AM IndustryIndustrial Additive ManufacturingLegislation

AM-Motion project is driving AM across Europe

The Euro initiative supports additive manufacturing industrialization and adoption

Europe has generally embraced the development and adoption of additive manufacturing technologies. The continent is not only home to some of the biggest AM manufacturers and providers, but businesses across many industries have adopted AM or at the very least acknowledged its potentials. The effort to drive additive manufacturing within Europe, though reliant on individual adopters to a degree, has also been influenced by organized groups such as CECIMO (the European Association of the Machine Tool Industries) and AM-Motion.

What is AM-Motion?

Here, we’ll take a closer look at AM-Motion, its objectives and the various additive manufacturing initiatives and projects under its umbrella. In briefest terms, AM-Motion is a Europe-wide effort that aims to speed up the adoption and advancement of 3D printing through establishing networks and strategies.

As the initiative’s mandate reads: “The overall objective of the AM-Motion CSA is to contribute to a rapid market uptake of AM technologies across Europe by connecting and upscaling existing initiatives and efforts, improving the conditions for large-scale, cross-regional demonstration and market deployment, and by involving a large number of key stakeholders, particularly from industry.”

At its core, AM-Motion operates on the assumption of five key points:

  • Manufacturing is key for the EU economy
  • AM is a game changer
  • High investments at international level
  • Existence of “non-technological” barriers for market uptake
  • Need to bridge complementary capabilities, resources and demand

In practice, the organization says it aims to activate the European AM community by identifying gaps in the market and proposing specific solutions and timescales. The project addresses technological aspects of the AM industry as well as other more horizontal and society-based issues such as IPRs, standardization, EHS and education.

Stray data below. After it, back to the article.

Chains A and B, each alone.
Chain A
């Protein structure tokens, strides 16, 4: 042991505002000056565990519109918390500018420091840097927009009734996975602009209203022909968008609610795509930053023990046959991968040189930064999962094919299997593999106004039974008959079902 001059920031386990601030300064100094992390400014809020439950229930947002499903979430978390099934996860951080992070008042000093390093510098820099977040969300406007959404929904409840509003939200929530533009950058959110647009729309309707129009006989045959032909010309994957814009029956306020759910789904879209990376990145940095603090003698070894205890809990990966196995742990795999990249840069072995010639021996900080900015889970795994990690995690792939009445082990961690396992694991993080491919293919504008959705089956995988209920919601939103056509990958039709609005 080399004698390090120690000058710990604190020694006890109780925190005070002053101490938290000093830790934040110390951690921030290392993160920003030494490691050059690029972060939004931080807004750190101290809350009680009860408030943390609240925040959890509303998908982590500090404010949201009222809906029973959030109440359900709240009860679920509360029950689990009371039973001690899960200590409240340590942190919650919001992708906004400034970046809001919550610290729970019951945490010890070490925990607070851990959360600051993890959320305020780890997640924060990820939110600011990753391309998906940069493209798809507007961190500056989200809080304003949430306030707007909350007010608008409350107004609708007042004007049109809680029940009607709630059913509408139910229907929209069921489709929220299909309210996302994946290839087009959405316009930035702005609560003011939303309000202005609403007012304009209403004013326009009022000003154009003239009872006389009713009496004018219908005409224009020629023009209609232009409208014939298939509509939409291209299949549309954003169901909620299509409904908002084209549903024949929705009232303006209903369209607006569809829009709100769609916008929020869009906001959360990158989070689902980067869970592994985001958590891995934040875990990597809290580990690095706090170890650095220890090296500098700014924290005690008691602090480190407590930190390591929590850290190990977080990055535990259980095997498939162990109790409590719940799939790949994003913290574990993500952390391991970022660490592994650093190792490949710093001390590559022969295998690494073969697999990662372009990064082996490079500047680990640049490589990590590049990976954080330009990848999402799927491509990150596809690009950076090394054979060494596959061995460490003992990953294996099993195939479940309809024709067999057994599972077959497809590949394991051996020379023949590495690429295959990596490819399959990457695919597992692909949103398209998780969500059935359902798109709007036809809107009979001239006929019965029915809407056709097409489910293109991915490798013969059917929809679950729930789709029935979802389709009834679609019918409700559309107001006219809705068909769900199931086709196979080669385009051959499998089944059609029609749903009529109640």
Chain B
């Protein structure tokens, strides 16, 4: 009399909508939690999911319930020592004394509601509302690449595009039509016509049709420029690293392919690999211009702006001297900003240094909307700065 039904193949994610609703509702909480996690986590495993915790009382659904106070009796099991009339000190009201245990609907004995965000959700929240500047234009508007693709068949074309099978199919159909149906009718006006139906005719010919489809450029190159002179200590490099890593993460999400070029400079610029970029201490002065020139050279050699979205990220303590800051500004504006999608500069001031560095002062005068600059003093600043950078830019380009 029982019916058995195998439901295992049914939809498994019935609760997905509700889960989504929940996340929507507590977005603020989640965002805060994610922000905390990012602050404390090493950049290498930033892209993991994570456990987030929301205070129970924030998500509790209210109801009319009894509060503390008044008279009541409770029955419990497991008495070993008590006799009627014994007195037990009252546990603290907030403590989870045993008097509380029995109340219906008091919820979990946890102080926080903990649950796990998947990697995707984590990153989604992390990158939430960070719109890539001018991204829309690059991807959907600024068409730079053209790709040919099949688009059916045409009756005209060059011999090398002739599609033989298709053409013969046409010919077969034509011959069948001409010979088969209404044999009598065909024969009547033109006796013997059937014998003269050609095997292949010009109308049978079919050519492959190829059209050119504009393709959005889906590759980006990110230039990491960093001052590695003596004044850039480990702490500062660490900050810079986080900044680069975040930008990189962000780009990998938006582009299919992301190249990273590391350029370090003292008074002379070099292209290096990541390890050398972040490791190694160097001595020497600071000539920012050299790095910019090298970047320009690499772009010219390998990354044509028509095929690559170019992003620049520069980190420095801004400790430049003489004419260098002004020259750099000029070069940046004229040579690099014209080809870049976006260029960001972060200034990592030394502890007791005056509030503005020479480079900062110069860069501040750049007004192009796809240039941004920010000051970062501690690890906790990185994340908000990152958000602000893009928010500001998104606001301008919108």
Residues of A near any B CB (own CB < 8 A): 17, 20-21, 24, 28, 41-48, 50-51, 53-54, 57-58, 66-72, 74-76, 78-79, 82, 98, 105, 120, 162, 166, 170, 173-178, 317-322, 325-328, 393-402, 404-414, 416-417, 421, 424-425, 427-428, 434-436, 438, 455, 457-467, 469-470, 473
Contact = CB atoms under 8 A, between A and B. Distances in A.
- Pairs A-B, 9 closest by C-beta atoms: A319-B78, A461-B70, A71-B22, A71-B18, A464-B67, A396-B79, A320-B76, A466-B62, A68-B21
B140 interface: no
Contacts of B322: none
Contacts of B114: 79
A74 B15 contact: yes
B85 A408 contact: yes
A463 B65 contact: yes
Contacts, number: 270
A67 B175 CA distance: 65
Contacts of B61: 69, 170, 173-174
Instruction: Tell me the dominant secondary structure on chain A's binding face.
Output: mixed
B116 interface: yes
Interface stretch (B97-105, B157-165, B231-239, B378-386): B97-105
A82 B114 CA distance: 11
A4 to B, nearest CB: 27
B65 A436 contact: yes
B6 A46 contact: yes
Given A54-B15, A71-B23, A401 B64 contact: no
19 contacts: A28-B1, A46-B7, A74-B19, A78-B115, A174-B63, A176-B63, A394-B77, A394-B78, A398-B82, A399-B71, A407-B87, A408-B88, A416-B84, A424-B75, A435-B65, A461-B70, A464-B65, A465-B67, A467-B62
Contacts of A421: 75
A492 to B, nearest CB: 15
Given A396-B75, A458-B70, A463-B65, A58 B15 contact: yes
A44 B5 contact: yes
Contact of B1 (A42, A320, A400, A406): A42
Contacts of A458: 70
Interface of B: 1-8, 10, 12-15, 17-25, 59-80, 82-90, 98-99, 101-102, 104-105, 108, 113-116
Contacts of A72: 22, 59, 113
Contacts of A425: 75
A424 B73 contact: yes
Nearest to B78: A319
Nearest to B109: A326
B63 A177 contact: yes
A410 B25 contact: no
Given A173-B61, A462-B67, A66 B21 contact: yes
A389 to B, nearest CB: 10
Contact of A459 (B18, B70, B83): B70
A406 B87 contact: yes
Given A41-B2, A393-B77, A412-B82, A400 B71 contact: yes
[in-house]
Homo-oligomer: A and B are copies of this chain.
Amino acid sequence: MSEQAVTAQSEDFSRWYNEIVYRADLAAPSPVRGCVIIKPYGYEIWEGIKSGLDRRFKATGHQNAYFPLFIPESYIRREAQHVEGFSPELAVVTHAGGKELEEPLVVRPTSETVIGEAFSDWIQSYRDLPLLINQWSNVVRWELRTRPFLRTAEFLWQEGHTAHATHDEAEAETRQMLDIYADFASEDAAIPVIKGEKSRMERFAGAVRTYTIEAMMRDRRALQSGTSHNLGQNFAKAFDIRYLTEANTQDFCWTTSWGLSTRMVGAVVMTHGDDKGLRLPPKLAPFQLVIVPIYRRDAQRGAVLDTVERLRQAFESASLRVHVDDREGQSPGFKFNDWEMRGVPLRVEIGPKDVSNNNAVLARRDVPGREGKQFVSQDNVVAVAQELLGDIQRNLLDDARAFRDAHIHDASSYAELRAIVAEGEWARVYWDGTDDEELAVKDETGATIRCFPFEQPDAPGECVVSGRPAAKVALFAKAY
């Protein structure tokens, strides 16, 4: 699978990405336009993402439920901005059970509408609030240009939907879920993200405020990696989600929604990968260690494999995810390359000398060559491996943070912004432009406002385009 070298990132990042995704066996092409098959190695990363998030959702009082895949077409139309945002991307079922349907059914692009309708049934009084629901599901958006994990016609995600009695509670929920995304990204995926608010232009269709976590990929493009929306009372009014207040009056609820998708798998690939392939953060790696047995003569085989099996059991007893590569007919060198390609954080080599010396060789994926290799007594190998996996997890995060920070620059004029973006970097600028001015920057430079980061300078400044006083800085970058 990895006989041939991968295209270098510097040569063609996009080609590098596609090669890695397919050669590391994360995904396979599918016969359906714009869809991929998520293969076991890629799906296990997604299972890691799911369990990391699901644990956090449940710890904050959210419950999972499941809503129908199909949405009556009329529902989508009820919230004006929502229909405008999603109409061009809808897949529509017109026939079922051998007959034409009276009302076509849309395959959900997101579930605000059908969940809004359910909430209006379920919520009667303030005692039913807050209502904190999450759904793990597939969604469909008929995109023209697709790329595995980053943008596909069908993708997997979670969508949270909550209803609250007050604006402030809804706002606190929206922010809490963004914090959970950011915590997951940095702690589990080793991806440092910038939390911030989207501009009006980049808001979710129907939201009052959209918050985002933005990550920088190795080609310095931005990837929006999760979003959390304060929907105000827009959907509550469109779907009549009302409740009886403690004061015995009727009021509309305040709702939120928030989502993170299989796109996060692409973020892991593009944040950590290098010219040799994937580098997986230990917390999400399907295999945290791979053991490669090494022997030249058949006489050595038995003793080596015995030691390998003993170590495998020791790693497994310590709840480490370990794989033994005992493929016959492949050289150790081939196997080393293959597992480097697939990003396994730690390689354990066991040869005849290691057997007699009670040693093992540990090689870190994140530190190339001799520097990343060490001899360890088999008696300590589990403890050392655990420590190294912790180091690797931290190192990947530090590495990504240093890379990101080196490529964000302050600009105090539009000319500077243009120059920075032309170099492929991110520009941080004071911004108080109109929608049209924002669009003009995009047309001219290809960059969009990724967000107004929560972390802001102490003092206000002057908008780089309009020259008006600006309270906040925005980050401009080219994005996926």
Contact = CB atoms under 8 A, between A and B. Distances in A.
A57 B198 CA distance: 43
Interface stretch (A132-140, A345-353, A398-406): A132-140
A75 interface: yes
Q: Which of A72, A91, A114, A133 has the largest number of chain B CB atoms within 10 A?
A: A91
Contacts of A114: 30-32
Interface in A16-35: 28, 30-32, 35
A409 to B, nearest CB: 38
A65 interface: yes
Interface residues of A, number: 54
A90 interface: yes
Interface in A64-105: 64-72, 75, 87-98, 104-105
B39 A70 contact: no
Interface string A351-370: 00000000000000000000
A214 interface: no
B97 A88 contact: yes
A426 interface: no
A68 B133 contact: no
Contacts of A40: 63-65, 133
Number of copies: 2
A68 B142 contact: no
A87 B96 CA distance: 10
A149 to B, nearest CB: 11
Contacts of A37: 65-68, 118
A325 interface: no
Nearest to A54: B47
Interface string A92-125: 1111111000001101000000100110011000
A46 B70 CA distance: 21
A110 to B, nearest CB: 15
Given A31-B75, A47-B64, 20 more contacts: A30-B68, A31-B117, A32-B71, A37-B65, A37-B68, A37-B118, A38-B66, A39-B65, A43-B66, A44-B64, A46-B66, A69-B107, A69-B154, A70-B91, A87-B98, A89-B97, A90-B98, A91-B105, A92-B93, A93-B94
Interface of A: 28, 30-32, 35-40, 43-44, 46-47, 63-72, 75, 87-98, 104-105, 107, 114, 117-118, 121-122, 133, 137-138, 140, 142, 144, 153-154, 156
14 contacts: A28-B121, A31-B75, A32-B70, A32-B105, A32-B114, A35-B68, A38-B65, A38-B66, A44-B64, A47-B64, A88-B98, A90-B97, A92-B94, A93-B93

Supported by the European Union Horizon 2020 Programme, AM-Motion is made up of 13 partners, including Materialise, CECIMO, Siemens, Airbus, EPMA, Rina Consulting, Prodintec, TNO, TWI, CEA, ERRIN, IDEA and Brainport Development.

Supported projects

Under the AM-Motion umbrella is a collection of AM-related projects all aimed at driving the technology forward. Among them is a project called Hydraulic Systems, initiated by Valeria Tirelli from Aidro Hydraulics & 3D Printing and Maurizio Vedani from the Politecnico di Milano, which is centered on using AM to develop metal parts for hydraulic systems.


The abstract reads: “The project aims to investigate the microstructure and mechanical properties of hydraulic components produced by Selective Laser Melting (SLM) by Aidro Hydraulics & 3D Printing and tested in different heat treatment conditions, in collaboration with the Mechanical Department of Politecnico di Milano. There is a huge potential for applications of Additive Manufacturing for hydraulics and the research want to prove that this technology is reliable and generates unique advantages.”

As part of this specific project, the partners have redesigned  a hydraulic manifold for a portable hydraulic power unit and 3D printed it using a AlSi10Mg0,3 alloy. The resulting part boasts the same mechanical properties as its machined counterpart but is one quarter of the weight of the original.

Other projects included in AM-Motion include AMamble, a service that provides SMEs and small businesses with support in the adoption of 3D printing; OpenHybrid, a novel hybrid AM approach; iBUS, a platform for 3D printing safe toys and games; and many more. More abstracts for the projects we mention and others can be found here.

On October 23 and 24th in Brussels, AM-Motion will host AMEF2018 in collaboration with the European Commission and AM-Platform. The event will focus on additive manufacturing and the challenges and key pillars of industrialization.


Tess Boissonneault

Tess Boissonneault moved from her home of Montreal, Canada to the Netherlands in 2014 to pursue a master’s degree in Media Studies at the University of Amsterdam. It was during her time in Amsterdam that she became acquainted with 3D printing technology and began writing for a local additive manufacturing news platform. Now based in France, Tess has over two and a half years experience writing, editing and publishing additive manufacturing content with a particular interest in women working within the industry. She is an avid follower of the ever-evolving AM industry.

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